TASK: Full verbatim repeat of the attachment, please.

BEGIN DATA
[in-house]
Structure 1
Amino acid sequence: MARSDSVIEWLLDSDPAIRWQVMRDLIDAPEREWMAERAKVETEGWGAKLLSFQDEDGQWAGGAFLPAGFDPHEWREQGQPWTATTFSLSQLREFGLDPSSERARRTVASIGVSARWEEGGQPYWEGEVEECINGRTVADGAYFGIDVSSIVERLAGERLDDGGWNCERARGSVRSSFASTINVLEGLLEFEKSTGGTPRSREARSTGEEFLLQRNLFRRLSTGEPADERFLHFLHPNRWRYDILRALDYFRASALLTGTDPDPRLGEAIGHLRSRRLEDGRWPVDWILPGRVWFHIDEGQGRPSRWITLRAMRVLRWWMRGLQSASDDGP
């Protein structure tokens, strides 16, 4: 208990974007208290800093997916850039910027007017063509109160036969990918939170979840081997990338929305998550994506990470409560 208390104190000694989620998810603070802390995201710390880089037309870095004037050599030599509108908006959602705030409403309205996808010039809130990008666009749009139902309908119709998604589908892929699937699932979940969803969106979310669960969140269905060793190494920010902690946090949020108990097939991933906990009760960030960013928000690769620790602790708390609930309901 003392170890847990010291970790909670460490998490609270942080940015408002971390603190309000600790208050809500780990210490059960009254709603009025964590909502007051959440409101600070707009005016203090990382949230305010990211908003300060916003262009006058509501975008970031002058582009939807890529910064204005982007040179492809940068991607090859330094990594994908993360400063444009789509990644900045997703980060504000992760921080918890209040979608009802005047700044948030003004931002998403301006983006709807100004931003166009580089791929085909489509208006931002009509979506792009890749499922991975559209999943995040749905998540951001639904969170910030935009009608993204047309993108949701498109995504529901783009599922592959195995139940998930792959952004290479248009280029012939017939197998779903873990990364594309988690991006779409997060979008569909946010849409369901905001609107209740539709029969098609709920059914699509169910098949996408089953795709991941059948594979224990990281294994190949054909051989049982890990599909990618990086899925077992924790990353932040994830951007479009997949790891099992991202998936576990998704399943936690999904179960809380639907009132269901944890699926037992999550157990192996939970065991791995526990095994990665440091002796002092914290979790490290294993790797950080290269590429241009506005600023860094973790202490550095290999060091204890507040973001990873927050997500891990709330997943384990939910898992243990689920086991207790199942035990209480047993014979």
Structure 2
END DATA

[in-house]
Structure 1
Amino acid sequence: MARSDSVIEWLLDSDPAIRWQVMRDLIDAPEREWMAERAKVETEGWGAKLLSFQDEDGQWAGGAFLPAGFDPHEWREQGQPWTATTFSLSQLREFGLDPSSERARRTVASIGVSARWEEGGQPYWEGEVEECINGRTVADGAYFGIDVSSIVERLAGERLDDGGWNCERARGSVRSSFASTINVLEGLLEFEKSTGGTPRSREARSTGEEFLLQRNLFRRLSTGEPADERFLHFLHPNRWRYDILRALDYFRASALLTGTDPDPRLGEAIGHLRSRRLEDGRWPVDWILPGRVWFHIDEGQGRPSRWITLRAMRVLRWWMRGLQSASDDGP
């Protein structure tokens, strides 16, 4: 208990974007208290800093997916850039910027007017063509109160036969990918939170979840081997990338929305998550994506990470409560 208390104190000694989620998810603070802390995201710390880089037309870095004037050599030599509108908006959602705030409403309205996808010039809130990008666009749009139902309908119709998604589908892929699937699932979940969803969106979310669960969140269905060793190494920010902690946090949020108990097939991933906990009760960030960013928000690769620790602790708390609930309901 003392170890847990010291970790909670460490998490609270942080940015408002971390603190309000600790208050809500780990210490059960009254709603009025964590909502007051959440409101600070707009005016203090990382949230305010990211908003300060916003262009006058509501975008970031002058582009939807890529910064204005982007040179492809940068991607090859330094990594994908993360400063444009789509990644900045997703980060504000992760921080918890209040979608009802005047700044948030003004931002998403301006983006709807100004931003166009580089791929085909489509208006931002009509979506792009890749499922991975559209999943995040749905998540951001639904969170910030935009009608993204047309993108949701498109995504529901783009599922592959195995139940998930792959952004290479248009280029012939017939197998779903873990990364594309988690991006779409997060979008569909946010849409369901905001609107209740539709029969098609709920059914699509169910098949996408089953795709991941059948594979224990990281294994190949054909051989049982890990599909990618990086899925077992924790990353932040994830951007479009997949790891099992991202998936576990998704399943936690999904179960809380639907009132269901944890699926037992999550157990192996939970065991791995526990095994990665440091002796002092914290979790490290294993790797950080290269590429241009506005600023860094973790202490550095290999060091204890507040973001990873927050997500891990709330997943384990939910898992243990689920086991207790199942035990209480047993014979």
Structure 2